We’ve seen a few of these stories in the past year or so, and now another has shown up. If this is turning into a trend, I certainly hope that it continues to gain in popularity.

Robert Grala of Williamstown, New Jersey, was a veteran who served in the United States Army and served in Korea in the late sixties. Last week, at the age of 70, he passed away of natural causes alone in his home. A couple of friends and neighbors knew him, but a search by officials failed to locate any living relatives. It appeared that Mr. Grala would meet his final reward alone. But that’s when the local newspaper stepped in and put out the word as has been done for other unaccompanied veterans recently. Local veterans’ groups were contacted as well, determined that Grala would receive the honors due him. (Courier-Post)

Nearly 50 years after Robert Grala was stationed in Korea with the U.S. Army, the decorated serviceman died alone in Williamstown. Gloucester County’s veterans aren’t about to let Grala — a man awarded several military medals — to be buried without a final salute.

Gloucester County’s veterans’ groups are asking residents to join them at a Monroe cemetery Monday to honor Grala as he is laid to rest.

I suppose we should stop being surprised by this point because the milk of human kindness hasn’t dried up entirely in our country. That’s particularly true when it comes to our veterans. As the local CBS News outlet reported, the turnout was beyond impressive, with hundreds of people who had never met Robert Grala, along with a full military escort, showed up to see him off.

A United States Army veteran from New Jersey was laid to rest with full military honors on Monday. Hundreds of people who didn’t even know him attended the service.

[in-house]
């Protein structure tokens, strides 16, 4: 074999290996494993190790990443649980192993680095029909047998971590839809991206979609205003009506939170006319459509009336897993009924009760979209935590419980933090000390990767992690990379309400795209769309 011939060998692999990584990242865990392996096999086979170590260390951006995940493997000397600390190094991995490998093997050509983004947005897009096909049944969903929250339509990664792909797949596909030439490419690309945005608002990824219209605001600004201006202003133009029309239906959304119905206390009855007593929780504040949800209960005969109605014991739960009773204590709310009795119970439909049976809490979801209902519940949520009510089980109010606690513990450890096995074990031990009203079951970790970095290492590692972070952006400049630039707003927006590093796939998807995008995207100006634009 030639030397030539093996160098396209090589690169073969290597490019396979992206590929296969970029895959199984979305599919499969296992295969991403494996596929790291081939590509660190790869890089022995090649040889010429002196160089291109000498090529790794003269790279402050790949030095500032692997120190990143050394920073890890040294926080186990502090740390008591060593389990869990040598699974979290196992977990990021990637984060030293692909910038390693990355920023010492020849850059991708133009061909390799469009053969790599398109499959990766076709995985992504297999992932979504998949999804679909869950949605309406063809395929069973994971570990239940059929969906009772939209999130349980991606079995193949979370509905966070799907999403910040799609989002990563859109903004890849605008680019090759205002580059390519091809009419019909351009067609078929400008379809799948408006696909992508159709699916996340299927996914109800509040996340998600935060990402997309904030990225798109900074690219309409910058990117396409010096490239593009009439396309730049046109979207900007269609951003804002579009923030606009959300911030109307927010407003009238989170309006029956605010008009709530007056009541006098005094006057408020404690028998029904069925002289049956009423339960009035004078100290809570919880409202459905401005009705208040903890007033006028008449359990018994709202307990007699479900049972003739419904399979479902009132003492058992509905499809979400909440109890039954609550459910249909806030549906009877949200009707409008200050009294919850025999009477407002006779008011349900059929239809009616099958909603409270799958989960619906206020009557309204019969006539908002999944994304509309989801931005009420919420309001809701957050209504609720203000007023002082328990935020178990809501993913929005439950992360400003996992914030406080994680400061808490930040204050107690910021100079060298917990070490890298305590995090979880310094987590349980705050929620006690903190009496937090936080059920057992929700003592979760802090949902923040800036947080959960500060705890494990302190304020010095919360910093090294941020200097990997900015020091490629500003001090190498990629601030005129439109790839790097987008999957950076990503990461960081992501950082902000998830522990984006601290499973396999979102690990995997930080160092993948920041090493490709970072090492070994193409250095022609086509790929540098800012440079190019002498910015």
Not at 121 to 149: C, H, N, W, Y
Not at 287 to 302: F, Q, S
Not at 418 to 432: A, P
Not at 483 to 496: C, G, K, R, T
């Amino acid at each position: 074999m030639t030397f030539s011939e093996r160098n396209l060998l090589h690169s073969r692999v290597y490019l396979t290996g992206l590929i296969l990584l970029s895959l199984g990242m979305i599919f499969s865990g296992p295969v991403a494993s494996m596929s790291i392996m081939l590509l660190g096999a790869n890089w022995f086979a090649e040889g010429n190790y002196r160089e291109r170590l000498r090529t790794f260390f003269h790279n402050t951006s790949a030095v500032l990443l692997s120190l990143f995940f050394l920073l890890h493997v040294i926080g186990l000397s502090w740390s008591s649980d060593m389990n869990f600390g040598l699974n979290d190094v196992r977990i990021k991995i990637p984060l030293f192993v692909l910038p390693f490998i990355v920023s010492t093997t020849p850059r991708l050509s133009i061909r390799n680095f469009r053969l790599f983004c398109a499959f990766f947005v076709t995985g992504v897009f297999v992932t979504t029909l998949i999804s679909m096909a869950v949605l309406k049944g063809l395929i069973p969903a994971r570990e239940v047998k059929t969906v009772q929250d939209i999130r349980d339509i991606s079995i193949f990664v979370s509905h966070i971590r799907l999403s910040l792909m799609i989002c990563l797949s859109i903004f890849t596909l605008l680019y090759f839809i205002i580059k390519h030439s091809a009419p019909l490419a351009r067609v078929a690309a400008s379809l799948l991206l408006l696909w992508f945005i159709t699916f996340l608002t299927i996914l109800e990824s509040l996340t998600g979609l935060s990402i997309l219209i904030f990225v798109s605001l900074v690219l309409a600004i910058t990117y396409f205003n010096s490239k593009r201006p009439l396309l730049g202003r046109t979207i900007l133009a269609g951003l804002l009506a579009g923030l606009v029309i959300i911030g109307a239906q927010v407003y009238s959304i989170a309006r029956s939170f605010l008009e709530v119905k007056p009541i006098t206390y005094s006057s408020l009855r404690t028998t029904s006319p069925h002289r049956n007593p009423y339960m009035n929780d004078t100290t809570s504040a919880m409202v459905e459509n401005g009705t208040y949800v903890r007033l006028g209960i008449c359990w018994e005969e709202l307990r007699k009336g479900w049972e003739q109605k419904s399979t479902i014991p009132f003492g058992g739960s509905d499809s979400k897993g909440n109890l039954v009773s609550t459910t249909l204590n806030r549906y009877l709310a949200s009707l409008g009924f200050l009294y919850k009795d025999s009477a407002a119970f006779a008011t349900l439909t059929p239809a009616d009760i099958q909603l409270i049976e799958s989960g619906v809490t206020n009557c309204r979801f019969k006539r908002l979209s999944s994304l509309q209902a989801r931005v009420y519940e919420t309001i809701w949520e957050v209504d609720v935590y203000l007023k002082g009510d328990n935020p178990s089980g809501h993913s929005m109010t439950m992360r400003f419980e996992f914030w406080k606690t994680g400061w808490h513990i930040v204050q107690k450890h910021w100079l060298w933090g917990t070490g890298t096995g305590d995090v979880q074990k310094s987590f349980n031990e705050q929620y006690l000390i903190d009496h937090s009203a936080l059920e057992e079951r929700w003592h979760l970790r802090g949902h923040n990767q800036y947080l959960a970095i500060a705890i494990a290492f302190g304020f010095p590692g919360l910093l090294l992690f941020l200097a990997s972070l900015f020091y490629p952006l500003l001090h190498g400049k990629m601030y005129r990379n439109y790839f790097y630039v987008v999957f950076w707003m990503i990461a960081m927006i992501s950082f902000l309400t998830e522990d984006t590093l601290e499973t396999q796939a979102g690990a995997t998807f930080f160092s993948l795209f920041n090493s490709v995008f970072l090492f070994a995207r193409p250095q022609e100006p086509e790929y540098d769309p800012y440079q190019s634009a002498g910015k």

“He had no family, he had nobody to say goodbye to him,” Joni Harrison, of Operation Yellow Ribbon, said.

Surrounded by complete strangers, Robert “Bob” Grala was honored at the Gloucester County Veterans Memorial Cemetery for his burial.

Here’s some video of the funeral from the local ABC News TV coverage.

It does my heart good to see stories like this. It’s an unfortunate fact that too many people outlive the rest of their relatives and wind up dying alone. Veterans are no exception, but expectations among the veterans community are higher for their final salutes. I will never, ever forget my father’s funeral. The family was there, of course, but the military showed up in force as well, along with members of both the VFW and the American Legion. Rifle volleys were fired, a pair of bugles played taps, one echoing the other from behind a small hill, and the flag was folded with care and placed in my mother’s lap. It’s how it’s done in the military community.

Bob Grala had no family left to see to these matters. But the community and the military stepped in to fill the void. And now another soldier’s journey has ended properly. Rest in peace, Robert Grala, and thank you for your service.